HK offshore yuan interbank rates hit record highs on China central bank interventions

SHANGHAI/HONG KONG (REUTERS) - Hong Kong Interbank Offered Rates for offshore yuan (CNH HIBOR) all hit record highs on Monday (Jan 11), as a combination of intervention by China's central bank and arbitrage drained offshore yuan supply.

The overnight rate spiked to over 13 per cent on Monday, up from 4 per cent on Friday.

All are much higher than the onshore rates quoted in Shanghai (SHIBOR), where the overnight rate, while up from previously, is still below 2 per cent.

Analysts said that the PBOC's intervention by buying up offshore yuan and selling US dollars in order to support the weakening offshore yuan was draining liquidity and behind the spike.

"PBOC's intervention partly drained the liquidity in the CNH market and there is no actual policy and barriers to stop capital outflows. Meanwhile there is no channel to provide liquidity to the offshore market," said James Lee, a forex strategist at Barclays in Singapore.

Companies rushing to borrow offshore yuan, which is cheaper than in it is onshore, to repay onshore debts also was contributing to the spike, another trader said.

The onshore yuan has slid over 6 per cent since August, sparking investor fears that Beijing is preparing for a far deeper devaluation in the yuan.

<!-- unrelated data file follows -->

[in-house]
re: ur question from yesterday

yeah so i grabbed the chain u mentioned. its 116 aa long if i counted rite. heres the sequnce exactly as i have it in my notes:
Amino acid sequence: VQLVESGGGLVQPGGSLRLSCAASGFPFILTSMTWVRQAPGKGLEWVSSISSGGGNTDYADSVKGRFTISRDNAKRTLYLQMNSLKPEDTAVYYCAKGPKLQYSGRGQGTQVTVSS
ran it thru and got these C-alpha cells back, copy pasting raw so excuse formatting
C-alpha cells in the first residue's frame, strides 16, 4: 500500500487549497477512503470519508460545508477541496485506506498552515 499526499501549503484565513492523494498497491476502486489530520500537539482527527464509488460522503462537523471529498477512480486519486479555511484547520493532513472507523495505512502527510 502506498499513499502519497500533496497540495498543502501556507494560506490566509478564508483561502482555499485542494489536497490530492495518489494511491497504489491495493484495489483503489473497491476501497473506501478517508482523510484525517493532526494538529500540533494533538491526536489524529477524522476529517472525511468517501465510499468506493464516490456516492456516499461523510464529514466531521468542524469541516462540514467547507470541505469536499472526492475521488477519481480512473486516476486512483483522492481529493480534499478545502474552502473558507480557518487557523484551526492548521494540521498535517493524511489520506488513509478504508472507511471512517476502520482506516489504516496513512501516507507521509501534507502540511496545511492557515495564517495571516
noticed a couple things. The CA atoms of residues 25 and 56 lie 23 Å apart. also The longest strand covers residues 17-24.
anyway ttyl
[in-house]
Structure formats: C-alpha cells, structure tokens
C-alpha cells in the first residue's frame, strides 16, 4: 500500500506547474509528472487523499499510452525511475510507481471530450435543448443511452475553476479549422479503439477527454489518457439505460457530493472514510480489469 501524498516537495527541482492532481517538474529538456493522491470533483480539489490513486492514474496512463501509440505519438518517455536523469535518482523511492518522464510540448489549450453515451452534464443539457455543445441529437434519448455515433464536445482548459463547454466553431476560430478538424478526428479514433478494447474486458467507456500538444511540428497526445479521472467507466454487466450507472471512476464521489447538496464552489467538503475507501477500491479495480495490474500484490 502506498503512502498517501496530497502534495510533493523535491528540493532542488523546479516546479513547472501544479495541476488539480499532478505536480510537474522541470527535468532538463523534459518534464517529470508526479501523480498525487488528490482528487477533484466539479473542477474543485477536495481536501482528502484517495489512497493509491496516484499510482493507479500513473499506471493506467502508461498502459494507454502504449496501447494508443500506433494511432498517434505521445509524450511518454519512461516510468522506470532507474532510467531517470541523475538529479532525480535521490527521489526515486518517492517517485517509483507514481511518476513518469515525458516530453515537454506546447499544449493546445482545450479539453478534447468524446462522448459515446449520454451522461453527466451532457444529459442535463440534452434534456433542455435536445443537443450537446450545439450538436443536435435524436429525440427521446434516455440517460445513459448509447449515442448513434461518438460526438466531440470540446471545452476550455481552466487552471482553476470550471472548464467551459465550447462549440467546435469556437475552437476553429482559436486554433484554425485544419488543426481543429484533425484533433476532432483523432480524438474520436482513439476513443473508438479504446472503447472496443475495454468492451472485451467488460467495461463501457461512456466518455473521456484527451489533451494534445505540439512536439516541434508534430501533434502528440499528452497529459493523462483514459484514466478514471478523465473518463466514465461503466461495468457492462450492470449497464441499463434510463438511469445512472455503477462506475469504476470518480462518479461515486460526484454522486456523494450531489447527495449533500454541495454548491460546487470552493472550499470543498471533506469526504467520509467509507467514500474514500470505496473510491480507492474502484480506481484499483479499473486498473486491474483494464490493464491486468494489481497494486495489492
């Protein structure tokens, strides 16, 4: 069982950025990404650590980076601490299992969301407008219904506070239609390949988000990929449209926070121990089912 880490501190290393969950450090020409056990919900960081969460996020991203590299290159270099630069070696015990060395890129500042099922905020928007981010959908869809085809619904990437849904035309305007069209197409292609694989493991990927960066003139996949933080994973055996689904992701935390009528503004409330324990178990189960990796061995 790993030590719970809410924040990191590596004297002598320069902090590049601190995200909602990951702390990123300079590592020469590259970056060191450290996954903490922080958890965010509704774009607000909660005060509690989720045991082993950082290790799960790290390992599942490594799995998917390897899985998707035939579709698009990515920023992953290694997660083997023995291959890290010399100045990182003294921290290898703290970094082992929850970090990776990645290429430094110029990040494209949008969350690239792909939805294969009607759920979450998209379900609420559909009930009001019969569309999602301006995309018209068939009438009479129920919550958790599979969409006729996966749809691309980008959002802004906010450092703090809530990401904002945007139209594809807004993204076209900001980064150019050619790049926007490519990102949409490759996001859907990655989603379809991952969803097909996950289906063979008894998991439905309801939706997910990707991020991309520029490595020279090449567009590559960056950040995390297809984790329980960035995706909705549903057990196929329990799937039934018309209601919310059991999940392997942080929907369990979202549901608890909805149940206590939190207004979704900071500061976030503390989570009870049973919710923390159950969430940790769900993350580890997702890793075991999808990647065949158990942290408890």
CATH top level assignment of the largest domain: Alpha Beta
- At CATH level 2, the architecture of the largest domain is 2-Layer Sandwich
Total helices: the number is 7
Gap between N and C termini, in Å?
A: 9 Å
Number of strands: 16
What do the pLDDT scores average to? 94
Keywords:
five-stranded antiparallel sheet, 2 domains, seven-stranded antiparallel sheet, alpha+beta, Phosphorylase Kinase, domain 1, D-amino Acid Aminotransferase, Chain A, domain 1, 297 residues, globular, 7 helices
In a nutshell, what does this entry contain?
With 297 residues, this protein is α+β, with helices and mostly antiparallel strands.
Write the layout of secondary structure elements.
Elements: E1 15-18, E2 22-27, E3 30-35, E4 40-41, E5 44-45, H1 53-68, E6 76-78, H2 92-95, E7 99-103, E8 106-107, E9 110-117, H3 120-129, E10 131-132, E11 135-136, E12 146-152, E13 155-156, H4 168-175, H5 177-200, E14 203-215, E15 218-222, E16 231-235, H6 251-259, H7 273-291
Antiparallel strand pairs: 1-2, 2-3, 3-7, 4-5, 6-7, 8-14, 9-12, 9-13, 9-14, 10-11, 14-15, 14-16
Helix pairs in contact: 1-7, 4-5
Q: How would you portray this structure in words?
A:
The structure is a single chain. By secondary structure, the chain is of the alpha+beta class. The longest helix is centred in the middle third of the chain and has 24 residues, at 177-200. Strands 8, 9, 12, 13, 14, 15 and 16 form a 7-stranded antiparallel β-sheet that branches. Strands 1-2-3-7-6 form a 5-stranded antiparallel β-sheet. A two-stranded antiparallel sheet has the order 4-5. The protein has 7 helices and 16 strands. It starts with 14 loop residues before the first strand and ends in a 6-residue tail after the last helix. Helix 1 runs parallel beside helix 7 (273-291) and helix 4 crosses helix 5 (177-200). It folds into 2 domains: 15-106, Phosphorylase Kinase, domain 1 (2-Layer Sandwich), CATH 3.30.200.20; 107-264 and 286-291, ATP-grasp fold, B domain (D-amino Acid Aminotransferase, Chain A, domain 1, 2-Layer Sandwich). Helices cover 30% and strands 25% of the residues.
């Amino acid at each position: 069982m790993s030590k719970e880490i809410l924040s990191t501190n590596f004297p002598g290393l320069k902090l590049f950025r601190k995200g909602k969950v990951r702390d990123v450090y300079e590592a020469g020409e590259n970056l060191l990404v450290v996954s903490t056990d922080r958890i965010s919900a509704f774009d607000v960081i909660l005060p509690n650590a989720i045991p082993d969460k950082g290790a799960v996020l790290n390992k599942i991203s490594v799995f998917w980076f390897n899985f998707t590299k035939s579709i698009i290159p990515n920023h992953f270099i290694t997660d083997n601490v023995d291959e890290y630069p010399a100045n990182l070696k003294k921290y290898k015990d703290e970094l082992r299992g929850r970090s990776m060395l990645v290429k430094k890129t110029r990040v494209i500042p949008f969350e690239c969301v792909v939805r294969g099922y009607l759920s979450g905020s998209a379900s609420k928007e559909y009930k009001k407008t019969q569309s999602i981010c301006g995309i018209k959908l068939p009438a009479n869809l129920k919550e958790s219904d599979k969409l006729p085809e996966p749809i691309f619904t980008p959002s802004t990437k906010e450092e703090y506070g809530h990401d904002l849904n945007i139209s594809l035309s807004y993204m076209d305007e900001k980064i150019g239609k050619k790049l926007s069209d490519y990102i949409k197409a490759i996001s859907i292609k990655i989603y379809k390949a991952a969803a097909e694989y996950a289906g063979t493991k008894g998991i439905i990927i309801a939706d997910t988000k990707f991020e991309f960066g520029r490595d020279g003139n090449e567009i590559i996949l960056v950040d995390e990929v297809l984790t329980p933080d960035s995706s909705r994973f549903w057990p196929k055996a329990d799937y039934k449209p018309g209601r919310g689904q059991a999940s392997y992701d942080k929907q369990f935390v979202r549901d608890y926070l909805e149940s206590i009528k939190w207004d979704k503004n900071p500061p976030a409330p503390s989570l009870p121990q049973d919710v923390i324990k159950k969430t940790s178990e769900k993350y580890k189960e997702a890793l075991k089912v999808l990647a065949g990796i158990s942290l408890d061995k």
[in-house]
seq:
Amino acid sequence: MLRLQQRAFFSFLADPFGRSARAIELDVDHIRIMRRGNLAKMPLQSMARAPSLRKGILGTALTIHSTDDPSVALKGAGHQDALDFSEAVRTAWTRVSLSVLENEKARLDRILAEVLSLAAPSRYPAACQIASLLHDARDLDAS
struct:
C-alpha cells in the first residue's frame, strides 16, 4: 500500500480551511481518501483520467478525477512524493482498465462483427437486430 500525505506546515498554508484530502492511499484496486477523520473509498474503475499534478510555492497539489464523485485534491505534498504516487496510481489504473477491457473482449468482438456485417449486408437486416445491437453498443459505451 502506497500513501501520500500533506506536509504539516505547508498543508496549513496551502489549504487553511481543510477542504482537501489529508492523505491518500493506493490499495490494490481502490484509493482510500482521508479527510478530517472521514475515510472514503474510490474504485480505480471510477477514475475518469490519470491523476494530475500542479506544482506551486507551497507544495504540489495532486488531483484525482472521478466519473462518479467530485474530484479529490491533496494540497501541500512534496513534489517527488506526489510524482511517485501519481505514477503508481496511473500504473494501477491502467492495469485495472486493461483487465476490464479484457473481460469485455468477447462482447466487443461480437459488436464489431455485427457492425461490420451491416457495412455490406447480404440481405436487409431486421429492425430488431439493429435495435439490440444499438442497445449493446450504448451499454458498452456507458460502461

That has caused markets to price the offshore currency at a deep discount to the onshore version, as wide as 2 per cent on some days, offering investors the opportunity to arbitrage the rate diffference by paying off onshore debt with offshore yuan.

The offshore yuan was trading 1.2 per cent weaker than the onshore spot in early afternoon, at 6.6641 per dollar compared to 6.5832 onshore.

Yuan accumulation in the offshore market lost momentum in 2015 after the currency's largest yearly loss on record against the dollar.

Yuan deposits in Hong Kong stood at 864.2 billion yuan (S$190.1 billion) in November, a bit higher than 854.3 billion yuan a month earlier but still hovering around two-year lows.

The International Monetary Fund, which will include the yuan in its reserve currency basket starting in October, reportedly mentioned the wide spread between onshore and offshore yuan levels at the weekend and was said to have discussions with Chinese officials on the subject. That has strengthened market expectation that the central bank will conduct more interventions.